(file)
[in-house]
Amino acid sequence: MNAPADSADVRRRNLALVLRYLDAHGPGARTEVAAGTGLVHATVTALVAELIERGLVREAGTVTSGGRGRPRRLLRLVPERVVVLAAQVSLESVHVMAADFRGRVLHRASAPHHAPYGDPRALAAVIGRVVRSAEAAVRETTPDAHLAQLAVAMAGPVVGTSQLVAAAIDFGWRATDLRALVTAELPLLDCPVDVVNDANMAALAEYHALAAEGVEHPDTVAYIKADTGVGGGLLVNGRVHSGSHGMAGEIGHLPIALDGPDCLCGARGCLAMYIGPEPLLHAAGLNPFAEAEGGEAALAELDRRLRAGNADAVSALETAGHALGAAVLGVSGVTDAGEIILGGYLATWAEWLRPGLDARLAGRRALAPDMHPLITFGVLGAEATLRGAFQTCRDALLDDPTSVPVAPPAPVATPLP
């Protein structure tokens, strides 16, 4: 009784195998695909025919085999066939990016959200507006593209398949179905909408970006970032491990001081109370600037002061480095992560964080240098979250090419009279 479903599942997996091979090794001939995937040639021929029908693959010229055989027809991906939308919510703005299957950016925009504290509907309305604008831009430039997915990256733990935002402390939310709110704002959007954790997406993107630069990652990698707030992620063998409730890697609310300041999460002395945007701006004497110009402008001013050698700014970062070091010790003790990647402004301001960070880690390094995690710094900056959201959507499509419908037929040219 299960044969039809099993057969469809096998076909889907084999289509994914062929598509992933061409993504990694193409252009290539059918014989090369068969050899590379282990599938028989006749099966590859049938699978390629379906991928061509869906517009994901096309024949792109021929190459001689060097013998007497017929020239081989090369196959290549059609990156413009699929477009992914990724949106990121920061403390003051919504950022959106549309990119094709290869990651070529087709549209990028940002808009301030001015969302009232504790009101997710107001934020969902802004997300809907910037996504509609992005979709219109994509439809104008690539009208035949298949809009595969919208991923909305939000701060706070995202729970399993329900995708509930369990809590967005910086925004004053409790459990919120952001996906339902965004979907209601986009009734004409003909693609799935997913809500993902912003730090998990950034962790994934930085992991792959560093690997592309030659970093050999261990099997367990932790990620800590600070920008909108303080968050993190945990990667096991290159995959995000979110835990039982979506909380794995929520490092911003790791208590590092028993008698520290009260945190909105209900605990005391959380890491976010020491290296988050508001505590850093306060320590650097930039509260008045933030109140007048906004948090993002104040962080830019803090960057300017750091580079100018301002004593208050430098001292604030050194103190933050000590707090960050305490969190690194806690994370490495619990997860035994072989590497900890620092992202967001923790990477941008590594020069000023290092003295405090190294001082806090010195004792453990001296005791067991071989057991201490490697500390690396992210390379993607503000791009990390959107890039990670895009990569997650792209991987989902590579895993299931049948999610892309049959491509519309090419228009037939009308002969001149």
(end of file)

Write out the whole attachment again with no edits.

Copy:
[in-house]
Amino acid sequence: MNAPADSADVRRRNLALVLRYLDAHGPGARTEVAAGTGLVHATVTALVAELIERGLVREAGTVTSGGRGRPRRLLRLVPERVVVLAAQVSLESVHVMAADFRGRVLHRASAPHHAPYGDPRALAAVIGRVVRSAEAAVRETTPDAHLAQLAVAMAGPVVGTSQLVAAAIDFGWRATDLRALVTAELPLLDCPVDVVNDANMAALAEYHALAAEGVEHPDTVAYIKADTGVGGGLLVNGRVHSGSHGMAGEIGHLPIALDGPDCLCGARGCLAMYIGPEPLLHAAGLNPFAEAEGGEAALAELDRRLRAGNADAVSALETAGHALGAAVLGVSGVTDAGEIILGGYLATWAEWLRPGLDARLAGRRALAPDMHPLITFGVLGAEATLRGAFQTCRDALLDDPTSVPVAPPAPVATPLP
């Protein structure tokens, strides 16, 4: 009784195998695909025919085999066939990016959200507006593209398949179905909408970006970032491990001081109370600037002061480095992560964080240098979250090419009279 479903599942997996091979090794001939995937040639021929029908693959010229055989027809991906939308919510703005299957950016925009504290509907309305604008831009430039997915990256733990935002402390939310709110704002959007954790997406993107630069990652990698707030992620063998409730890697609310300041999460002395945007701006004497110009402008001013050698700014970062070091010790003790990647402004301001960070880690390094995690710094900056959201959507499509419908037929040219 299960044969039809099993057969469809096998076909889907084999289509994914062929598509992933061409993504990694193409252009290539059918014989090369068969050899590379282990599938028989006749099966590859049938699978390629379906991928061509869906517009994901096309024949792109021929190459001689060097013998007497017929020239081989090369196959290549059609990156413009699929477009992914990724949106990121920061403390003051919504950022959106549309990119094709290869990651070529087709549209990028940002808009301030001015969302009232504790009101997710107001934020969902802004997300809907910037996504509609992005979709219109994509439809104008690539009208035949298949809009595969919208991923909305939000701060706070995202729970399993329900995708509930369990809590967005910086925004004053409790459990919120952001996906339902965004979907209601986009009734004409003909693609799935997913809500993902912003730090998990950034962790994934930085992991792959560093690997592309030659970093050999261990099997367990932790990620800590600070920008909108303080968050993190945990990667096991290159995959995000979110835990039982979506909380794995929520490092911003790791208590590092028993008698520290009260945190909105209900605990005391959380890491976010020491290296988050508001505590850093306060320590650097930039509260008045933030109140007048906004948090993002104040962080830019803090960057300017750091580079100018301002004593208050430098001292604030050194103190933050000590707090960050305490969190690194806690994370490495619990997860035994072989590497900890620092992202967001923790990477941008590594020069000023290092003295405090190294001082806090010195004792453990001296005791067991071989057991201490490697500390690396992210390379993607503000791009990390959107890039990670895009990569997650792209991987989902590579895993299931049948999610892309049959491509519309090419228009037939009308002969001149």